Lack of awareness about Los Gatos’ draft General Plan process, and the large increase of proposed housing it contains were the two biggest themes from public comments shared during a virtual study session held Sept. 20.
At the special joint meeting of Council and the Planning Commission, Mayor Marico Sayoc said it will be important for officials to bring locals up to speed on how new affordability laws passed in Sacramento will affect what the Town is allowed to do.
“There is no possible way we can submit a General Plan with no growth,” she said. “Oftentimes, I know I just jump in without providing that regional context.”
During the meeting, staff outlined how the community went from 2,303 proposed housing units over the next 20 years to the 3,738 currently under consideration. Multiple speakers referenced this in the context of recently-passed SB 9 and SB 10, which are meant to spur the production of housing and tackle California’s critical housing shortages that have caused rents and real estate prices to skyrocket.
Planning Commissioner Kathryn Janoff said it’s been a “long haul” to get to this point so far.
“There was a lot of robust discussion,” she said. “This wasn’t a slam-dunk.”
According to Janoff, the General Plan is supposed to be an overview, and isn’t meant to specify exact details of future construction.
“We had to stay at a pretty high level,” she said. “We wanted to make sure, though, that the general framework was consistent within itself.”
Several public commenters said they had been unaware of the General Plan rework underway until recently.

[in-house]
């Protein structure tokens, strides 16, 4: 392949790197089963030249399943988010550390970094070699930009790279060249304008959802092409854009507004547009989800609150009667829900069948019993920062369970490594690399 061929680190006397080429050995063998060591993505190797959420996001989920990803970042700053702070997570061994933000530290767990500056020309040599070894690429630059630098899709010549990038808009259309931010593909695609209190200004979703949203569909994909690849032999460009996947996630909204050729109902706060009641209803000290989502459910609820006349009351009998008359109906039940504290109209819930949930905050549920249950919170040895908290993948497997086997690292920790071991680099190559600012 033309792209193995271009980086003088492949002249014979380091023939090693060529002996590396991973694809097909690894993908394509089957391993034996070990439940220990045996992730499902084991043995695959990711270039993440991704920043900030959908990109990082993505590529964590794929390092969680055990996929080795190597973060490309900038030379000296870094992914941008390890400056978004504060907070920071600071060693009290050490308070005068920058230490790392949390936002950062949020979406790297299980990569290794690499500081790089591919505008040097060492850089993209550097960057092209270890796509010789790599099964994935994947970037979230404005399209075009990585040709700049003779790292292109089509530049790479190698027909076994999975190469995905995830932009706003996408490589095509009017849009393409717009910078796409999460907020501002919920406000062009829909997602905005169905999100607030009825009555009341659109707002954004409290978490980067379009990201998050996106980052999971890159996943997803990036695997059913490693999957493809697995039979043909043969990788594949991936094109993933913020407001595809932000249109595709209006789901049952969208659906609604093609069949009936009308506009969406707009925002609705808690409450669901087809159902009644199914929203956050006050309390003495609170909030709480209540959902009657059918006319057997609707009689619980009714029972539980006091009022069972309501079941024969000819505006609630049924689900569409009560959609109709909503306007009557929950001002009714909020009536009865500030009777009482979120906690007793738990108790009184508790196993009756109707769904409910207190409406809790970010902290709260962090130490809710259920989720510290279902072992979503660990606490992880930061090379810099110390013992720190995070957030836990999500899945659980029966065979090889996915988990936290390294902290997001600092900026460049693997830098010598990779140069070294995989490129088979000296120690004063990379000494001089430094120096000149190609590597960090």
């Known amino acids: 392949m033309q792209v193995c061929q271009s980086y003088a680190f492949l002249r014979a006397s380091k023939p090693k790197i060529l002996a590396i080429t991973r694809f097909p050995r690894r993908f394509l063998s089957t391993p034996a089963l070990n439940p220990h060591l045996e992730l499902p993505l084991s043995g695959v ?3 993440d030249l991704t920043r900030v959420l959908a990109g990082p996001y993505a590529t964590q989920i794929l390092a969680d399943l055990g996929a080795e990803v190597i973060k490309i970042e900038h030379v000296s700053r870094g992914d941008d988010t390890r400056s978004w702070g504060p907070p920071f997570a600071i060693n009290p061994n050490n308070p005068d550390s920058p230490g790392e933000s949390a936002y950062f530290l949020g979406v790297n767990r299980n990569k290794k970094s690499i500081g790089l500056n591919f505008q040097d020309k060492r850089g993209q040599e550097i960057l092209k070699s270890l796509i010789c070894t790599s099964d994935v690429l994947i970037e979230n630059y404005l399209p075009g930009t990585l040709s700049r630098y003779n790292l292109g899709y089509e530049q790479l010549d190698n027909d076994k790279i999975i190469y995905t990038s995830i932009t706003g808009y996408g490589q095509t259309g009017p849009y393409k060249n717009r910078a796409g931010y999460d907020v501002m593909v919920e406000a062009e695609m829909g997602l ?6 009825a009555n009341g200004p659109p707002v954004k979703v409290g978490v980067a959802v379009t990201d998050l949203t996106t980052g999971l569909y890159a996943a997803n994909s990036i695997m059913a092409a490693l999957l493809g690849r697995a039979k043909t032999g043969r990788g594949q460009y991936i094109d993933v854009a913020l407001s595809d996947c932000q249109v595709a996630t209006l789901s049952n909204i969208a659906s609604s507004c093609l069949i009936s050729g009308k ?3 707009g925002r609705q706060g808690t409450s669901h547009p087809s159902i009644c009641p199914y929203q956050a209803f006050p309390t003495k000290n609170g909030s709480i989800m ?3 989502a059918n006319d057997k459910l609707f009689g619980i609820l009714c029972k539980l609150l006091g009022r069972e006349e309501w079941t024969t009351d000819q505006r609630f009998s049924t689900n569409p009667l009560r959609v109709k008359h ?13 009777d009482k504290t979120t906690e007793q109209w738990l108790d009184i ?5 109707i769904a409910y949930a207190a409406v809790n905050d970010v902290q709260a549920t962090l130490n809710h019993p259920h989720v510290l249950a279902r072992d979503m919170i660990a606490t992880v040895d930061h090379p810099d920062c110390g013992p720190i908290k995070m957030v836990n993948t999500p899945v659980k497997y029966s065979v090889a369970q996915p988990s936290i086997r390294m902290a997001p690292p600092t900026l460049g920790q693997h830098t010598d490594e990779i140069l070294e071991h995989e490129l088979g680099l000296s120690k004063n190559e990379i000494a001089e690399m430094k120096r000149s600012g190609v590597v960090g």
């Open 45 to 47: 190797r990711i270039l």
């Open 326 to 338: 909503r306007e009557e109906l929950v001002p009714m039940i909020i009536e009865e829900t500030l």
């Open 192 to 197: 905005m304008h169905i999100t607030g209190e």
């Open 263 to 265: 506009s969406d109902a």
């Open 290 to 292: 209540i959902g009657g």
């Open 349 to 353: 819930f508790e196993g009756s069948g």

Councilmember Matthew Hudes asked staff how many residents had engaged with the process so far.
Staff replied that 337 subscribers had signed up to receive notifications about it.
“At least how it’s drafted now, this will fundamentally change the town in a lot of ways,” Hudes said, noting that just planning for residential units doesn’t necessarily mean they will be affordable. “This is not the time to be building in larger numbers if there’s not the need to.”
Local officials described how the General Plan went through a rework after the Black Lives Matter movement kicked into high gear in 2020 following the death of George Floyd in Minnesota.
“It inspired the General Plan Advisory Committee,” said Planning Commissioner Melanie Hanssen. “It made a big impact on everyone.”
Staff and elected officials noted that during Sacramento’s 2023-2031 Regional Housing Needs Assessment cycle, Los Gatos is required to plan for 1,993 units of housing.
California is trying to increase its supply of housing, as well as the mix of housing types available, to make living here more affordable for everyone.
The next General Plan community meeting is set for Oct. 6.
For information, visit LosGatos2040.com.